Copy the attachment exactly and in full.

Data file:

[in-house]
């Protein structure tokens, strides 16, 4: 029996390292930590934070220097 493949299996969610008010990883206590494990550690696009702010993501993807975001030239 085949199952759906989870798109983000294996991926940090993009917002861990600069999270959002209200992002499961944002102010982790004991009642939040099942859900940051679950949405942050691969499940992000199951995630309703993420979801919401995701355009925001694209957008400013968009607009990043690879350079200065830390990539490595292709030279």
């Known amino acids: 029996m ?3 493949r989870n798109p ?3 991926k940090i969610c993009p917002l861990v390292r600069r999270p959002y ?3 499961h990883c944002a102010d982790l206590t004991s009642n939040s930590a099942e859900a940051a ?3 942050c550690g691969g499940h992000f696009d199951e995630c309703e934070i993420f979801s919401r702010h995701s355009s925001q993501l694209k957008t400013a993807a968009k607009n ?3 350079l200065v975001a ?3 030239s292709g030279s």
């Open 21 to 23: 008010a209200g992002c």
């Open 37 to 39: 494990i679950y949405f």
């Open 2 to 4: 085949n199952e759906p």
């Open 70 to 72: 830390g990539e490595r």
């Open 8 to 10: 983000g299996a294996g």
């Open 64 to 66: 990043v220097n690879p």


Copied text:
[in-house]
């Protein structure tokens, strides 16, 4: 029996390292930590934070220097 493949299996969610008010990883206590494990550690696009702010993501993807975001030239 085949199952759906989870798109983000294996991926940090993009917002861990600069999270959002209200992002499961944002102010982790004991009642939040099942859900940051679950949405942050691969499940992000199951995630309703993420979801919401995701355009925001694209957008400013968009607009990043690879350079200065830390990539490595292709030279």
């Known amino acids: 029996m ?3 493949r989870n798109p ?3 991926k940090i969610c993009p917002l861990v390292r600069r999270p959002y ?3 499961h990883c944002a102010d982790l206590t004991s009642n939040s930590a099942e859900a940051a ?3 942050c550690g691969g499940h992000f696009d199951e995630c309703e934070i993420f979801s919401r702010h995701s355009s925001q993501l694209k957008t400013a993807a968009k607009n ?3 350079l200065v975001a ?3 030239s292709g030279s």
């Open 21 to 23: 008010a209200g992002c």
């Open 37 to 39: 494990i679950y949405f």
């Open 2 to 4: 085949n199952e759906p």
């Open 70 to 72: 830390g990539e490595r």
């Open 8 to 10: 983000g299996a294996g």
């Open 64 to 66: 990043v220097n690879p």